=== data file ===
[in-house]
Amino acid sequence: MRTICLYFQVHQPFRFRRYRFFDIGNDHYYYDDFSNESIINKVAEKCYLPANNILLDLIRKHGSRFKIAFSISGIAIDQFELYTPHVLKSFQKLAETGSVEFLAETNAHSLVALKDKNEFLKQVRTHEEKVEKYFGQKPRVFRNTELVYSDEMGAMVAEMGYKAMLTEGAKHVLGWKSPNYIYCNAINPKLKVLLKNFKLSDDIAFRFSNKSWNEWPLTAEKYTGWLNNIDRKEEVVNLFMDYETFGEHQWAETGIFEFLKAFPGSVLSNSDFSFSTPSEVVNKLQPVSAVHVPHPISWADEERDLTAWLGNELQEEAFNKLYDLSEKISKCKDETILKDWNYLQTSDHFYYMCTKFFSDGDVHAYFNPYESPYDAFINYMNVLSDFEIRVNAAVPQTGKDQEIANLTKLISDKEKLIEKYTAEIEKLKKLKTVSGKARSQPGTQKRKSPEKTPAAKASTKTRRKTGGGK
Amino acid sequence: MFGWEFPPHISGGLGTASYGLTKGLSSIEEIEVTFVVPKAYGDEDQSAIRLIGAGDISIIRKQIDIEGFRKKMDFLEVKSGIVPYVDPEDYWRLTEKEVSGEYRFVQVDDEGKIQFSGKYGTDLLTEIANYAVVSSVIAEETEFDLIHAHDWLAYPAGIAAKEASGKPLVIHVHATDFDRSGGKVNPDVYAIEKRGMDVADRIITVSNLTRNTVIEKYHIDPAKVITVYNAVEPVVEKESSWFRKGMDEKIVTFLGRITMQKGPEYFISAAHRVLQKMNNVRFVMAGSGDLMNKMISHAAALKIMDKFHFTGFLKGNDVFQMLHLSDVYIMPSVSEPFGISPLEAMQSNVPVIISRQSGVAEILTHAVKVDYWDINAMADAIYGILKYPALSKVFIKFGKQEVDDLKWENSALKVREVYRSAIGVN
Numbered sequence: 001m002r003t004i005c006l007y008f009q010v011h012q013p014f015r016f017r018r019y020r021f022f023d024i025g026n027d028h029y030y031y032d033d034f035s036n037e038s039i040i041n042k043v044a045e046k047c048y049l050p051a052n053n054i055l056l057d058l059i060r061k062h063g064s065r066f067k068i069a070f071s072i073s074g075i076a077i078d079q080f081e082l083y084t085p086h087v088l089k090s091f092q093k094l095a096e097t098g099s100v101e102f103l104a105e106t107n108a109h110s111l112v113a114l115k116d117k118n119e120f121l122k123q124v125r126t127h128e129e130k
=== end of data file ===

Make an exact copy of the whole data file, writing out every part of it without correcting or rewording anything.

[in-house]
Amino acid sequence: MRTICLYFQVHQPFRFRRYRFFDIGNDHYYYDDFSNESIINKVAEKCYLPANNILLDLIRKHGSRFKIAFSISGIAIDQFELYTPHVLKSFQKLAETGSVEFLAETNAHSLVALKDKNEFLKQVRTHEEKVEKYFGQKPRVFRNTELVYSDEMGAMVAEMGYKAMLTEGAKHVLGWKSPNYIYCNAINPKLKVLLKNFKLSDDIAFRFSNKSWNEWPLTAEKYTGWLNNIDRKEEVVNLFMDYETFGEHQWAETGIFEFLKAFPGSVLSNSDFSFSTPSEVVNKLQPVSAVHVPHPISWADEERDLTAWLGNELQEEAFNKLYDLSEKISKCKDETILKDWNYLQTSDHFYYMCTKFFSDGDVHAYFNPYESPYDAFINYMNVLSDFEIRVNAAVPQTGKDQEIANLTKLISDKEKLIEKYTAEIEKLKKLKTVSGKARSQPGTQKRKSPEKTPAAKASTKTRRKTGGGK
Amino acid sequence: MFGWEFPPHISGGLGTASYGLTKGLSSIEEIEVTFVVPKAYGDEDQSAIRLIGAGDISIIRKQIDIEGFRKKMDFLEVKSGIVPYVDPEDYWRLTEKEVSGEYRFVQVDDEGKIQFSGKYGTDLLTEIANYAVVSSVIAEETEFDLIHAHDWLAYPAGIAAKEASGKPLVIHVHATDFDRSGGKVNPDVYAIEKRGMDVADRIITVSNLTRNTVIEKYHIDPAKVITVYNAVEPVVEKESSWFRKGMDEKIVTFLGRITMQKGPEYFISAAHRVLQKMNNVRFVMAGSGDLMNKMISHAAALKIMDKFHFTGFLKGNDVFQMLHLSDVYIMPSVSEPFGISPLEAMQSNVPVIISRQSGVAEILTHAVKVDYWDINAMADAIYGILKYPALSKVFIKFGKQEVDDLKWENSALKVREVYRSAIGVN
Numbered sequence: 001m002r003t004i005c006l007y008f009q010v011h012q013p014f015r016f017r018r019y020r021f022f023d024i025g026n027d028h029y030y031y032d033d034f035s036n037e038s039i040i041n042k043v044a045e046k047c048y049l050p051a052n053n054i055l056l057d058l059i060r061k062h063g064s065r066f067k068i069a070f071s072i073s074g075i076a077i078d079q080f081e082l083y084t085p086h087v088l089k090s091f092q093k094l095a096e097t098g099s100v101e102f103l104a105e106t107n108a109h110s111l112v113a114l115k116d117k118n119e120f121l122k123q124v125r126t127h128e129e130k